Comments on Healthy People 2030

Note: this comment is related to the Academy's public comments about Health People 2030.

Submitted by the Academy of Nutrition and Dietetics
September 29, 2017

General Comments

On behalf of the Academy of Nutrition and Dietetics, I am pleased to offer comments on the proposed framework for the Healthy People 2030 initiative. The Academy represents over 100,000 registered dietitian nutritionists, nutrition dietetic technicians, registered, and advanced-degree nutritionists playing a key role in shaping the public’s food choices, improving people’s nutritional status, and preventing and treating chronic disease.

Since its inception, the Healthy People initiative has been an important framework for national public health objectives that aim to promote health and prevent disease, and the proposed framework will allow this work to continue to address the most pressing public health issues. In particular, we appreciate the acknowledgement and shift towards a focus on health equity, social determinants of health, and involvement of a broader constituency throughout the process.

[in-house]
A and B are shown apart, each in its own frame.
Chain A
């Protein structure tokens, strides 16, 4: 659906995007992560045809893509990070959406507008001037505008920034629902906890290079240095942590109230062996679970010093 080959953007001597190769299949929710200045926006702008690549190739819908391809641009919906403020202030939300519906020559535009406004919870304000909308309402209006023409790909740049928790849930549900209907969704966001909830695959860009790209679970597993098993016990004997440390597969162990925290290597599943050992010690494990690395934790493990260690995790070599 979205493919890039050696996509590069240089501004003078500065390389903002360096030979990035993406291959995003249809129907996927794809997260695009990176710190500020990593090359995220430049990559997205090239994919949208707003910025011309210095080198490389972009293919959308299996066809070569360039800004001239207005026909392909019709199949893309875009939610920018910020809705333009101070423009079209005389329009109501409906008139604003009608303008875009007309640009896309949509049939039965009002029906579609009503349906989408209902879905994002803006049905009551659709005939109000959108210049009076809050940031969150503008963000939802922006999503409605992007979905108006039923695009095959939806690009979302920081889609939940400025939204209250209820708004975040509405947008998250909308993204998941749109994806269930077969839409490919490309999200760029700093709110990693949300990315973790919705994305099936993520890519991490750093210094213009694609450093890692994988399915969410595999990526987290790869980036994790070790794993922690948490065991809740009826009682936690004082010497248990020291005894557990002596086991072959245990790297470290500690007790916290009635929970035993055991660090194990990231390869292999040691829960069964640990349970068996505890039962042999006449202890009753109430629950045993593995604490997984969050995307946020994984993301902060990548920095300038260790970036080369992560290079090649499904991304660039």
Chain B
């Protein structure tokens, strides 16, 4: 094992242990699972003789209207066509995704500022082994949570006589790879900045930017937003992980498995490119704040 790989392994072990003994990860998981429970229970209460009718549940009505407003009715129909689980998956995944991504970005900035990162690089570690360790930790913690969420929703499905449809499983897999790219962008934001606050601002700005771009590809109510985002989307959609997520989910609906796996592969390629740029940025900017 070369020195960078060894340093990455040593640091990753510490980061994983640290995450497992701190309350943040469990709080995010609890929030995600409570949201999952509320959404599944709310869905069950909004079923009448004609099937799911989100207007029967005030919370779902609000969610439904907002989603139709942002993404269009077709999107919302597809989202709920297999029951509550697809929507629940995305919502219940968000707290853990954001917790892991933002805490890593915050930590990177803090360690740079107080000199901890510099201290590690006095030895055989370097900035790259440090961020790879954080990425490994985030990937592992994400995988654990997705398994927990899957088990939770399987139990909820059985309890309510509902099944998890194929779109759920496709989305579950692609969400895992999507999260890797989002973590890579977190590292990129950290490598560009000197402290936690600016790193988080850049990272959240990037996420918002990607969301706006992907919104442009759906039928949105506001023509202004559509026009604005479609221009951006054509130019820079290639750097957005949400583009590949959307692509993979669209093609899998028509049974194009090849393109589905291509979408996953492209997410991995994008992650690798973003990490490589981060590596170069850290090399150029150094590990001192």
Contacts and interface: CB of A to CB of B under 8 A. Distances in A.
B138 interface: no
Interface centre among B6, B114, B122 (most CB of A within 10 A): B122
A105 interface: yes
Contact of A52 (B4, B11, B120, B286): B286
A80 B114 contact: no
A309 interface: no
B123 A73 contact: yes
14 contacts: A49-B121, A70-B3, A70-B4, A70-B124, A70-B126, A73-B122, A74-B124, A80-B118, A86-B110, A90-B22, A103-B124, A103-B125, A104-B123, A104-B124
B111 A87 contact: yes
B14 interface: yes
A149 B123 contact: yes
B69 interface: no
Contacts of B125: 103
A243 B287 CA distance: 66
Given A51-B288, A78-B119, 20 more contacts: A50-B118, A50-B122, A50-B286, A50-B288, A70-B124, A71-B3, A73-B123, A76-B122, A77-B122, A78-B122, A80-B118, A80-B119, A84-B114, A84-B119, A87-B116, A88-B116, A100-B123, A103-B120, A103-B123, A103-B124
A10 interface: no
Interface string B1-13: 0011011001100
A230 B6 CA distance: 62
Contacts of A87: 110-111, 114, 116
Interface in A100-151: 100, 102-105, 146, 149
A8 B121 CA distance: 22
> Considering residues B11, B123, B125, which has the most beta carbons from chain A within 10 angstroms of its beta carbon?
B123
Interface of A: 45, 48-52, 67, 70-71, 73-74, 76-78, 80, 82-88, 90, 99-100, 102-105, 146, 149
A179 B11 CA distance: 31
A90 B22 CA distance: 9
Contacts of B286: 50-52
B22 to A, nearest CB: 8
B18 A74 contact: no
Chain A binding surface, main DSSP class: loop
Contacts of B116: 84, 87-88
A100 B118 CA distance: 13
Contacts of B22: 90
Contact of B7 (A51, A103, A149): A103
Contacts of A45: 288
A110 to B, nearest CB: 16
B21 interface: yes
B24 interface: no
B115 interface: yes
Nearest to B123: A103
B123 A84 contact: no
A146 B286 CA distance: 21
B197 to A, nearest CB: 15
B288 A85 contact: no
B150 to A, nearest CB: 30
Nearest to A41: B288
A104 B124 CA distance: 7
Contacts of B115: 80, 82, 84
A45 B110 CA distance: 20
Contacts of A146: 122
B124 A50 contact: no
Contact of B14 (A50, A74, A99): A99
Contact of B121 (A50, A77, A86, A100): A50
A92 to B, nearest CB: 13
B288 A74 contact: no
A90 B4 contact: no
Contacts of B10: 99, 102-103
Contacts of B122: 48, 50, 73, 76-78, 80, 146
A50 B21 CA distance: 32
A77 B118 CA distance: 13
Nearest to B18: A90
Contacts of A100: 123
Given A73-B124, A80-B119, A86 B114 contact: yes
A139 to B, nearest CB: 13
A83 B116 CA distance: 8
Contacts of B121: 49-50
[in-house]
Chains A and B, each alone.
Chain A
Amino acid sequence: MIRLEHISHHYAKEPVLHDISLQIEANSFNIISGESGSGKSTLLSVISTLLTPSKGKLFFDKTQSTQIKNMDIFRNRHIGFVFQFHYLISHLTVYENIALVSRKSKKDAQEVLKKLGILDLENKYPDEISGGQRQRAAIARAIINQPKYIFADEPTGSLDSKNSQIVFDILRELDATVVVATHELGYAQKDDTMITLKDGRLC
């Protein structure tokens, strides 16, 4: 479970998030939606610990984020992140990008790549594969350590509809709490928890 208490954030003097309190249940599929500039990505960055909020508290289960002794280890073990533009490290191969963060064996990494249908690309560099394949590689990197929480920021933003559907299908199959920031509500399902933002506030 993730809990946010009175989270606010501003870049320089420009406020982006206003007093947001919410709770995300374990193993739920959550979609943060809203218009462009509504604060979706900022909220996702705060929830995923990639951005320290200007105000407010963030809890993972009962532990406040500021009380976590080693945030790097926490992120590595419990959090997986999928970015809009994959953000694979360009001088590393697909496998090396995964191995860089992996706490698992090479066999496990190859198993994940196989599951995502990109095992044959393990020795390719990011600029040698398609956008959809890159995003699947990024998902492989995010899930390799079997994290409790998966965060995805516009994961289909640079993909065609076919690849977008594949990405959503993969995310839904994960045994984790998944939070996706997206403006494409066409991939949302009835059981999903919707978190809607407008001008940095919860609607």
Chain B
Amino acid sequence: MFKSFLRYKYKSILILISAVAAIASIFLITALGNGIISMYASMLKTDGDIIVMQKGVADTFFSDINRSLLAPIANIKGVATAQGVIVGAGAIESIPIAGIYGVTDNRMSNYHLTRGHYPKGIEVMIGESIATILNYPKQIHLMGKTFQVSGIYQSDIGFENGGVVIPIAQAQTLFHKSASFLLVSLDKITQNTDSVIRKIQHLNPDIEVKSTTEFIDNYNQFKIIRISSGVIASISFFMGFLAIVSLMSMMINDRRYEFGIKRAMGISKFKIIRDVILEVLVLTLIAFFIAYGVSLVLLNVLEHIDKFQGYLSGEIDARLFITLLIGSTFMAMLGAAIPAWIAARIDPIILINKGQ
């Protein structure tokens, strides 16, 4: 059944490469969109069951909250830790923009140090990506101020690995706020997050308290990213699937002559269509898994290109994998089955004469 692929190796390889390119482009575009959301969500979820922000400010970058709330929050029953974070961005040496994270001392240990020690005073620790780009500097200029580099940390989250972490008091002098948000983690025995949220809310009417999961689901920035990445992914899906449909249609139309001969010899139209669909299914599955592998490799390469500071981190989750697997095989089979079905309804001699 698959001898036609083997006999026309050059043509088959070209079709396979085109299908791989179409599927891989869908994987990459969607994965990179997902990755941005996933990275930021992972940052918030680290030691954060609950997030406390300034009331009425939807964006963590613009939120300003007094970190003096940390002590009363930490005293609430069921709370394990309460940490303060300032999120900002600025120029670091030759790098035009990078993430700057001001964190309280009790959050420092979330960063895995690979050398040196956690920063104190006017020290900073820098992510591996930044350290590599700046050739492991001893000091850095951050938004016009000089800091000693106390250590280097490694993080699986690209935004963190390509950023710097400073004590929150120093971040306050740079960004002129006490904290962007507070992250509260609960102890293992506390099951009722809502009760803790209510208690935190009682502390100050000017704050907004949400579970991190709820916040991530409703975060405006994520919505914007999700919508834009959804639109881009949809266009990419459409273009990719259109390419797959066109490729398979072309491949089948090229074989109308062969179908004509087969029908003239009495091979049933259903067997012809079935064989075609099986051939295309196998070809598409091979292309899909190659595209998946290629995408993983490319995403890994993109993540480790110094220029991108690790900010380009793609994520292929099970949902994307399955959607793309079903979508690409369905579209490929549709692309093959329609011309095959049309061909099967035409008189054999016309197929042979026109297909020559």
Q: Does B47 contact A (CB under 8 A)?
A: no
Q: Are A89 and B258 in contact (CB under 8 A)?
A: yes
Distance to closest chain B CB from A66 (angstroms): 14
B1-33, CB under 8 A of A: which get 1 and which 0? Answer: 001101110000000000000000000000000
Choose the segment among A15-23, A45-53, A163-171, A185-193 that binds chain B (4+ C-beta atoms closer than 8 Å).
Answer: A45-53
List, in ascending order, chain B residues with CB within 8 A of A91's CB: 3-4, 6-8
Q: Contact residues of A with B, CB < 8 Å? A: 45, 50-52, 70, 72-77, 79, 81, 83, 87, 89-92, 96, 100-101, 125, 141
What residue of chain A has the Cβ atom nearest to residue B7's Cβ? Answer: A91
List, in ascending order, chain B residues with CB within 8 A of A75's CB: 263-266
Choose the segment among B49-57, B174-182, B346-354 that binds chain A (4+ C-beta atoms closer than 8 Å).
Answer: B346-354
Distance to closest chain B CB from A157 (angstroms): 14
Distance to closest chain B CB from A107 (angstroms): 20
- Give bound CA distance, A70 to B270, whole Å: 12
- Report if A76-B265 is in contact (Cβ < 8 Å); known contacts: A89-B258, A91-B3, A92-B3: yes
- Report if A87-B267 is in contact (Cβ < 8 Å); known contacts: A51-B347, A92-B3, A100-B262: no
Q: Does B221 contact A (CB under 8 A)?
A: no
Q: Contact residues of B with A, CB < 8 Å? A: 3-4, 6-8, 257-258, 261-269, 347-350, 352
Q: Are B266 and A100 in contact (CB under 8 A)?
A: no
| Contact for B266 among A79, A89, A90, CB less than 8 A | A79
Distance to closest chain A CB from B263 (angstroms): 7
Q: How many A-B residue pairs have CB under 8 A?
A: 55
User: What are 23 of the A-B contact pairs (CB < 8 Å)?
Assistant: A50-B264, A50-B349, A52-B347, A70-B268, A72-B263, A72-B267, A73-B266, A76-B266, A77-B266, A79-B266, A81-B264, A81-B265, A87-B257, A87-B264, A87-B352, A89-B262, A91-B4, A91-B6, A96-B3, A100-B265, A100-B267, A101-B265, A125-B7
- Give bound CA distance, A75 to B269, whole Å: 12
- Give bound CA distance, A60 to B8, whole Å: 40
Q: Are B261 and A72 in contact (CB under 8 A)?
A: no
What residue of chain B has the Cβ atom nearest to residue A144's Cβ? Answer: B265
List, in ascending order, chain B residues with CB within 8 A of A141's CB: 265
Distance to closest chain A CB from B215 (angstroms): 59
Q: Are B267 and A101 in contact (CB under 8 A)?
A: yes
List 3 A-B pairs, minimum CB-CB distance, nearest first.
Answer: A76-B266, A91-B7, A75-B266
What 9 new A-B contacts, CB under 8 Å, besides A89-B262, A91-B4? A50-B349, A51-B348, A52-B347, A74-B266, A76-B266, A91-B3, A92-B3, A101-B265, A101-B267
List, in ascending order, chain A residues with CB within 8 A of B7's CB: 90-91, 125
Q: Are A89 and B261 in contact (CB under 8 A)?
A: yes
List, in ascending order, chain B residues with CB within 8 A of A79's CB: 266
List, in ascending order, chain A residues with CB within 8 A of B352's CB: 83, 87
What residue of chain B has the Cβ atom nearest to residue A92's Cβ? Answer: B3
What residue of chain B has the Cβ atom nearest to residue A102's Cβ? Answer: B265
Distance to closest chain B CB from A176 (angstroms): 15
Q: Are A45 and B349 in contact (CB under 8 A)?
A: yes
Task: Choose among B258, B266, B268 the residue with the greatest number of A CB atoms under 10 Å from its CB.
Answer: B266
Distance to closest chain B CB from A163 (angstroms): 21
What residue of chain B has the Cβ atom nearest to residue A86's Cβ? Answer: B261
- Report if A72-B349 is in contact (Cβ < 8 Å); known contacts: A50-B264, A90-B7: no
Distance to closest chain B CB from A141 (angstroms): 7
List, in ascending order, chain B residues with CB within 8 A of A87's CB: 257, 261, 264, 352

Vision — A society in which all people achieve their full potential for health and well-being across the lifespan.

The Academy supports the proposed vision statement, which is similar to our own updated vision statement: “A world where all people thrive through the transformative power of food and nutrition.”